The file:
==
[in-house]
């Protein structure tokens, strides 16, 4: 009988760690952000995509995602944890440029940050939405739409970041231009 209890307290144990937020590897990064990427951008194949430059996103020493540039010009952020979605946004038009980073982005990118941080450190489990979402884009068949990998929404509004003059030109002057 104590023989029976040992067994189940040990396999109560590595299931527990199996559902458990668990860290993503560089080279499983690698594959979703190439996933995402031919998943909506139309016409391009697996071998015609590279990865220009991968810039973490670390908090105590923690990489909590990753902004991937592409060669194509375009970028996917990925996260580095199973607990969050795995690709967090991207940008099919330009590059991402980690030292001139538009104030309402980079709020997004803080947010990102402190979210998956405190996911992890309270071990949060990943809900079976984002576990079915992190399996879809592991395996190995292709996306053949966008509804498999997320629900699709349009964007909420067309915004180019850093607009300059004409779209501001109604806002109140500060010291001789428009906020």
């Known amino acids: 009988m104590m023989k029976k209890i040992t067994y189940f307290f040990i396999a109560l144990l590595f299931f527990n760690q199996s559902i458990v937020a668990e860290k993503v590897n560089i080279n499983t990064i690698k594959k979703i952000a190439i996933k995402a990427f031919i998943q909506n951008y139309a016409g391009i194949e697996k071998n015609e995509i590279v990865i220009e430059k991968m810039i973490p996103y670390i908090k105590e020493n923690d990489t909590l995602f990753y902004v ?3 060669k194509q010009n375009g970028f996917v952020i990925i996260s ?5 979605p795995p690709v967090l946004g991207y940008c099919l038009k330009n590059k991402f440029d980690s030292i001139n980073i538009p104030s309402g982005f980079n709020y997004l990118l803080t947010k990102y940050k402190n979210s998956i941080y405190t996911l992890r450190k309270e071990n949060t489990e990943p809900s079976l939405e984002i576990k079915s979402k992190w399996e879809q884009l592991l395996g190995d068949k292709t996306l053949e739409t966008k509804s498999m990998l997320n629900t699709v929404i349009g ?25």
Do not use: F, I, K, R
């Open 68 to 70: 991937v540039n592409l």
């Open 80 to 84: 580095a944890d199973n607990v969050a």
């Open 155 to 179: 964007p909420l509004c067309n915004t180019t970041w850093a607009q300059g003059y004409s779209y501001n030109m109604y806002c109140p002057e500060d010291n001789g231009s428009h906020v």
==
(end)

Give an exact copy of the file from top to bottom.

[in-house]
């Protein structure tokens, strides 16, 4: 009988760690952000995509995602944890440029940050939405739409970041231009 209890307290144990937020590897990064990427951008194949430059996103020493540039010009952020979605946004038009980073982005990118941080450190489990979402884009068949990998929404509004003059030109002057 104590023989029976040992067994189940040990396999109560590595299931527990199996559902458990668990860290993503560089080279499983690698594959979703190439996933995402031919998943909506139309016409391009697996071998015609590279990865220009991968810039973490670390908090105590923690990489909590990753902004991937592409060669194509375009970028996917990925996260580095199973607990969050795995690709967090991207940008099919330009590059991402980690030292001139538009104030309402980079709020997004803080947010990102402190979210998956405190996911992890309270071990949060990943809900079976984002576990079915992190399996879809592991395996190995292709996306053949966008509804498999997320629900699709349009964007909420067309915004180019850093607009300059004409779209501001109604806002109140500060010291001789428009906020």
């Known amino acids: 009988m104590m023989k029976k209890i040992t067994y189940f307290f040990i396999a109560l144990l590595f299931f527990n760690q199996s559902i458990v937020a668990e860290k993503v590897n560089i080279n499983t990064i690698k594959k979703i952000a190439i996933k995402a990427f031919i998943q909506n951008y139309a016409g391009i194949e697996k071998n015609e995509i590279v990865i220009e430059k991968m810039i973490p996103y670390i908090k105590e020493n923690d990489t909590l995602f990753y902004v ?3 060669k194509q010009n375009g970028f996917v952020i990925i996260s ?5 979605p795995p690709v967090l946004g991207y940008c099919l038009k330009n590059k991402f440029d980690s030292i001139n980073i538009p104030s309402g982005f980079n709020y997004l990118l803080t947010k990102y940050k402190n979210s998956i941080y405190t996911l992890r450190k309270e071990n949060t489990e990943p809900s079976l939405e984002i576990k079915s979402k992190w399996e879809q884009l592991l395996g190995d068949k292709t996306l053949e739409t966008k509804s498999m990998l997320n629900t699709v929404i349009g ?25």
Do not use: F, I, K, R
């Open 68 to 70: 991937v540039n592409l």
């Open 80 to 84: 580095a944890d199973n607990v969050a």
């Open 155 to 179: 964007p909420l509004c067309n915004t180019t970041w850093a607009q300059g003059y004409s779209y501001n030109m109604y806002c109140p002057e500060d010291n001789g231009s428009h906020v």